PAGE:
6. Support the Joint Meeting of Tuna RFMOs to be held in Japan in early 2007 to promote cooperation and coordination of tuna RFMOs and to achieve a global consistency in tuna conservation and management measures;

7. Urge RFMOs to ensure conservation and management of shark stocks on a scientific basis in accordance with their respective resolutions/recommendations and those of the United Nations and to promote full utilization of sharks retained on board and the elimination of directed shark fisheries conducted solely for the purpose of harvesting shark fins;

8. Actively cooperate with the relevant RFMOs to make the best attempts to reduce incidental catch of sea turtles and seabirds through the following actions:

> the collection of scientific data, including observer data whenever feasible,
> the development and implementation of practical measures for monitoring incidental catch including, among others, the introduction of electronic observer techniques, and
> the development and use of technology to reduce incidental catch and improve post-release survival rates for sea turtles;

9. Vigorously promote the immediate use of appropriate combinations of circle hooks and type of bait, including use on a trial basis, to reduce sea turtle incidental catch and improve post-release survival rate;

10. Vigorously promote the widespread use of proven techniques (such as tori poles, night setting, side setting, blue-dyed bait, etc.) to reduce seabird incidental catch, particularly, in areas with high rate of seabird incidental catch;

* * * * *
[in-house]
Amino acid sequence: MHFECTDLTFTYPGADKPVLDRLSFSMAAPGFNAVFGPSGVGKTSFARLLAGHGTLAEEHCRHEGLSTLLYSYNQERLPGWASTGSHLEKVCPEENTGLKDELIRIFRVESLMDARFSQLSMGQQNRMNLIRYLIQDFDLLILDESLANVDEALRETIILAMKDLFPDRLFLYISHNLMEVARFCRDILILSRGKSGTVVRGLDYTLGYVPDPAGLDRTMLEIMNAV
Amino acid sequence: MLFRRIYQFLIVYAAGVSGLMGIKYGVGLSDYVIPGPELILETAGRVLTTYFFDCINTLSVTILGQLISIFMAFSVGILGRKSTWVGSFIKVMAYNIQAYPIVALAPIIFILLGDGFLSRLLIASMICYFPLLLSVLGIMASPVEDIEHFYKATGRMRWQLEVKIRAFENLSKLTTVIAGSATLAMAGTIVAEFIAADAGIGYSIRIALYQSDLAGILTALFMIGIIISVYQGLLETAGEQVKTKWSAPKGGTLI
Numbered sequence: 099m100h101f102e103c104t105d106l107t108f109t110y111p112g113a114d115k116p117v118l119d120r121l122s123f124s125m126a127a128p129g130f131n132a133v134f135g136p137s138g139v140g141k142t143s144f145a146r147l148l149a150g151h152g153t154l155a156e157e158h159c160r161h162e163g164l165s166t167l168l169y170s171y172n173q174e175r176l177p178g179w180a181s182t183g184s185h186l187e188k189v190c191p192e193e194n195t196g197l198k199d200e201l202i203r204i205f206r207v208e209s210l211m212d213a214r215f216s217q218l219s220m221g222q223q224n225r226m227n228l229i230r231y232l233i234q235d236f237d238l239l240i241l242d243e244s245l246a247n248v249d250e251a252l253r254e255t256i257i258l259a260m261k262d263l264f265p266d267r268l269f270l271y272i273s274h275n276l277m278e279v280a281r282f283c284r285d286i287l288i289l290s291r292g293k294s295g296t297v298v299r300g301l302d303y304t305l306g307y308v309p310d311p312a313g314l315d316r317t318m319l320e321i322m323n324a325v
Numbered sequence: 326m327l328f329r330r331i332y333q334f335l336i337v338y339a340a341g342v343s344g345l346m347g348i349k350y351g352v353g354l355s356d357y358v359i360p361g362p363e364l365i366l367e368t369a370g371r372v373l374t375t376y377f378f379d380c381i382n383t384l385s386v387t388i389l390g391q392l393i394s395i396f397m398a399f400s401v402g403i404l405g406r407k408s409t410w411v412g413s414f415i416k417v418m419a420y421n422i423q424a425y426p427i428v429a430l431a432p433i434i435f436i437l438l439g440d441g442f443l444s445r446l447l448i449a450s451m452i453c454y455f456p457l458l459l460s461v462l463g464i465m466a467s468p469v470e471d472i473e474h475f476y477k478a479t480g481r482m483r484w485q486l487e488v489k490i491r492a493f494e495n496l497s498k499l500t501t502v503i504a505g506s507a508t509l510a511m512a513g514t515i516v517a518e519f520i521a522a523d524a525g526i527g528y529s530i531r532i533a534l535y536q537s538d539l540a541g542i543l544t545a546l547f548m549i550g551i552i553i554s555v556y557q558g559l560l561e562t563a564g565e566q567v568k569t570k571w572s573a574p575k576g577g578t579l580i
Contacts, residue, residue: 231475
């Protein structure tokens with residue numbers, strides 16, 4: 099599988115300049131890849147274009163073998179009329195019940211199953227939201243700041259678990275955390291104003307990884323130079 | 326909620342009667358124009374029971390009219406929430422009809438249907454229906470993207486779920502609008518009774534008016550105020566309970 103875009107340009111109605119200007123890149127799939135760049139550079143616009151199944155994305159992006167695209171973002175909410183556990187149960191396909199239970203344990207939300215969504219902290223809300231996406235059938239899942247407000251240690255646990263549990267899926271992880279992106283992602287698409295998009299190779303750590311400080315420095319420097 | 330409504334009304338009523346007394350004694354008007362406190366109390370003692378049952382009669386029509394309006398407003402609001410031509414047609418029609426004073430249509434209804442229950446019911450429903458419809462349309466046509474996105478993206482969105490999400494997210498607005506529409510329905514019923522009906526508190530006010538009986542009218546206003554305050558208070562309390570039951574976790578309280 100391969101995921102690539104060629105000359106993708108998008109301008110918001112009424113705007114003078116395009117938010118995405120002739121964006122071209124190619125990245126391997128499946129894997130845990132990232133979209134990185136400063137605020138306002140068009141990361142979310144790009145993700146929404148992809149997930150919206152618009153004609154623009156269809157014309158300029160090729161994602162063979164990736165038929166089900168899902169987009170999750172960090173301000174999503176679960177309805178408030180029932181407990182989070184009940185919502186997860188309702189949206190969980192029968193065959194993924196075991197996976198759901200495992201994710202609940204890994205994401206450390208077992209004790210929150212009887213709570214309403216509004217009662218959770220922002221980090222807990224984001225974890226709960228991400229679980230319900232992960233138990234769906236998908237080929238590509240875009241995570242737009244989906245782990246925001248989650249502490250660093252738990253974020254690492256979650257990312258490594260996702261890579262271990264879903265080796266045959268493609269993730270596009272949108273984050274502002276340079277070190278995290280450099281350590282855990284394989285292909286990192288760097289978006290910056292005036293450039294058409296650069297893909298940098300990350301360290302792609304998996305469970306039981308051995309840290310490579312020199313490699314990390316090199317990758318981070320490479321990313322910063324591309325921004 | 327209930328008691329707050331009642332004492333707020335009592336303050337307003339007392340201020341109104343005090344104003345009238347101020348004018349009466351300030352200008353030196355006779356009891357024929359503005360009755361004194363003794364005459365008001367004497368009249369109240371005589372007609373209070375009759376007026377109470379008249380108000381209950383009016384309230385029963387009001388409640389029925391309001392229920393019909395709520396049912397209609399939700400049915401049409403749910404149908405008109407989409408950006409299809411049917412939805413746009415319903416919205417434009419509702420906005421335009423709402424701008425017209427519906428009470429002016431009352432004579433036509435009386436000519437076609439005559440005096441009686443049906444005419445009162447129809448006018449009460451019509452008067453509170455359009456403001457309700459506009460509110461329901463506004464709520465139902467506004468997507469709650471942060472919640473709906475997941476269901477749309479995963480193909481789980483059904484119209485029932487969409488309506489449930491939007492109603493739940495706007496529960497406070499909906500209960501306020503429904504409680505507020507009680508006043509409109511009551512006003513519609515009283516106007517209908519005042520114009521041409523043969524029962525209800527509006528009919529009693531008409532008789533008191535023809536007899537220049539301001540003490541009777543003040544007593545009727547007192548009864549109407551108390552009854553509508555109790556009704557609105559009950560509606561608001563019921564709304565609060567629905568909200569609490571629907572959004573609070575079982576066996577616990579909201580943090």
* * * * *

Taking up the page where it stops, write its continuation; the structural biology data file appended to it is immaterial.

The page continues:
11. Reaffirm that the FAO and RFMOs are the organizations that have primary responsibility for addressing international tuna fisheries issues, and to encourage governments to ensure that consideration of such issues by other international frameworks, including the United Nations General Assembly, be conducted with the scientific and technical reviews by FAO and RFMOs; and

12. Continue, in every international arena, to challenge biased and unscientific accusations that attack environmentally responsible tuna fisheries.

We will transmit this declaration to the Secretary-General of the United Nations, the Director-General of the Food and Agriculture Organization of the United Nations and relevant RFMOs for their consideration, and we will request that Governments, including the Governments of Japan and the United States, support fishers worldwide to implement this declaration.